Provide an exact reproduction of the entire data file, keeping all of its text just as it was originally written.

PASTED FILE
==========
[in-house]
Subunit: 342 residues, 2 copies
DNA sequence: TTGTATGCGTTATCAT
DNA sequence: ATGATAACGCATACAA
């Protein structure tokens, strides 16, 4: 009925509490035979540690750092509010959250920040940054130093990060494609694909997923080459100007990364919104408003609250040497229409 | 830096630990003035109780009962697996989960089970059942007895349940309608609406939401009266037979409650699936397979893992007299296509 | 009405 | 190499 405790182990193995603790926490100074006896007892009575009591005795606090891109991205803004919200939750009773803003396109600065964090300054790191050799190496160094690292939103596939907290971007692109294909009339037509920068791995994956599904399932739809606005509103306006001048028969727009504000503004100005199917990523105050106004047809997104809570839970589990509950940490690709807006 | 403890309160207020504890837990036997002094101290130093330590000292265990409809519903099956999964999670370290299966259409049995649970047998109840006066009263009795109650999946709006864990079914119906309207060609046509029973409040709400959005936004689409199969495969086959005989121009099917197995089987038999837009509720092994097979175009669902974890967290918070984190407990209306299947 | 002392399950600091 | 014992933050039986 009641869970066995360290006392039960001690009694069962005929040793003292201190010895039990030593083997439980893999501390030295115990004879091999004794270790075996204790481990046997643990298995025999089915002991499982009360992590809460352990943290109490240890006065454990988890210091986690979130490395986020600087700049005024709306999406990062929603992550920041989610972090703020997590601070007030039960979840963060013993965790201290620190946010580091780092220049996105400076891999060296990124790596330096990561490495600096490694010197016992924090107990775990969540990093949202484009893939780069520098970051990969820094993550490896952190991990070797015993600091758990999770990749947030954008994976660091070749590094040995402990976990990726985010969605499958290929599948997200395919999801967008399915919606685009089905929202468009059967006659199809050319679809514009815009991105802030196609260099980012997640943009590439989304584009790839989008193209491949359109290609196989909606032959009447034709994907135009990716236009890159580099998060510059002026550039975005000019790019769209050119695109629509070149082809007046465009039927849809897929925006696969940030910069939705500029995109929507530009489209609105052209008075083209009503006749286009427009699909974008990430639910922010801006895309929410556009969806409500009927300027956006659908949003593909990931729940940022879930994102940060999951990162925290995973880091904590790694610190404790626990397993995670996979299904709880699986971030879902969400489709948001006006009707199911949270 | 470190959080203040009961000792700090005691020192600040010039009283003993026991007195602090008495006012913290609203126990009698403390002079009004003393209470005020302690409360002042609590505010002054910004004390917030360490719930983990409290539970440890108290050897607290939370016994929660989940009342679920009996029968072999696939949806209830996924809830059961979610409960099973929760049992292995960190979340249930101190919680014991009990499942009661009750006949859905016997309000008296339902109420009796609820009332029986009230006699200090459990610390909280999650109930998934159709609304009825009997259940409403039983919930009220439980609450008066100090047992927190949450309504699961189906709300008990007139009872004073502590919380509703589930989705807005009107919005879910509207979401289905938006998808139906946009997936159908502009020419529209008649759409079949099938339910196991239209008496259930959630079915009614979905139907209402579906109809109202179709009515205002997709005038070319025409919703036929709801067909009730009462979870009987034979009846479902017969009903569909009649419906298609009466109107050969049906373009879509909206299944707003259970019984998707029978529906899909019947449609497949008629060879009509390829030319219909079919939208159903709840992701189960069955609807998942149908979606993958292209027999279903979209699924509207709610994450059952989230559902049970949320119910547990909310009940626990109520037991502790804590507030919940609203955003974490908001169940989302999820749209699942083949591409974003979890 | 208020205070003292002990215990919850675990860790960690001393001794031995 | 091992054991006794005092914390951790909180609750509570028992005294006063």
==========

[in-house]
Subunit: 342 residues, 2 copies
DNA sequence: TTGTATGCGTTATCAT
DNA sequence: ATGATAACGCATACAA
């Protein structure tokens, strides 16, 4: 009925509490035979540690750092509010959250920040940054130093990060494609694909997923080459100007990364919104408003609250040497229409 | 830096630990003035109780009962697996989960089970059942007895349940309608609406939401009266037979409650699936397979893992007299296509 | 009405 | 190499 405790182990193995603790926490100074006896007892009575009591005795606090891109991205803004919200939750009773803003396109600065964090300054790191050799190496160094690292939103596939907290971007692109294909009339037509920068791995994956599904399932739809606005509103306006001048028969727009504000503004100005199917990523105050106004047809997104809570839970589990509950940490690709807006 | 403890309160207020504890837990036997002094101290130093330590000292265990409809519903099956999964999670370290299966259409049995649970047998109840006066009263009795109650999946709006864990079914119906309207060609046509029973409040709400959005936004689409199969495969086959005989121009099917197995089987038999837009509720092994097979175009669902974890967290918070984190407990209306299947 | 002392399950600091 | 014992933050039986 009641869970066995360290006392039960001690009694069962005929040793003292201190010895039990030593083997439980893999501390030295115990004879091999004794270790075996204790481990046997643990298995025999089915002991499982009360992590809460352990943290109490240890006065454990988890210091986690979130490395986020600087700049005024709306999406990062929603992550920041989610972090703020997590601070007030039960979840963060013993965790201290620190946010580091780092220049996105400076891999060296990124790596330096990561490495600096490694010197016992924090107990775990969540990093949202484009893939780069520098970051990969820094993550490896952190991990070797015993600091758990999770990749947030954008994976660091070749590094040995402990976990990726985010969605499958290929599948997200395919999801967008399915919606685009089905929202468009059967006659199809050319679809514009815009991105802030196609260099980012997640943009590439989304584009790839989008193209491949359109290609196989909606032959009447034709994907135009990716236009890159580099998060510059002026550039975005000019790019769209050119695109629509070149082809007046465009039927849809897929925006696969940030910069939705500029995109929507530009489209609105052209008075083209009503006749286009427009699909974008990430639910922010801006895309929410556009969806409500009927300027956006659908949003593909990931729940940022879930994102940060999951990162925290995973880091904590790694610190404790626990397993995670996979299904709880699986971030879902969400489709948001006006009707199911949270 | 470190959080203040009961000792700090005691020192600040010039009283003993026991007195602090008495006012913290609203126990009698403390002079009004003393209470005020302690409360002042609590505010002054910004004390917030360490719930983990409290539970440890108290050897607290939370016994929660989940009342679920009996029968072999696939949806209830996924809830059961979610409960099973929760049992292995960190979340249930101190919680014991009990499942009661009750006949859905016997309000008296339902109420009796609820009332029986009230006699200090459990610390909280999650109930998934159709609304009825009997259940409403039983919930009220439980609450008066100090047992927190949450309504699961189906709300008990007139009872004073502590919380509703589930989705807005009107919005879910509207979401289905938006998808139906946009997936159908502009020419529209008649759409079949099938339910196991239209008496259930959630079915009614979905139907209402579906109809109202179709009515205002997709005038070319025409919703036929709801067909009730009462979870009987034979009846479902017969009903569909009649419906298609009466109107050969049906373009879509909206299944707003259970019984998707029978529906899909019947449609497949008629060879009509390829030319219909079919939208159903709840992701189960069955609807998942149908979606993958292209027999279903979209699924509207709610994450059952989230559902049970949320119910547990909310009940626990109520037991502790804590507030919940609203955003974490908001169940989302999820749209699942083949591409974003979890 | 208020205070003292002990215990919850675990860790960690001393001794031995 | 091992054991006794005092914390951790909180609750509570028992005294006063």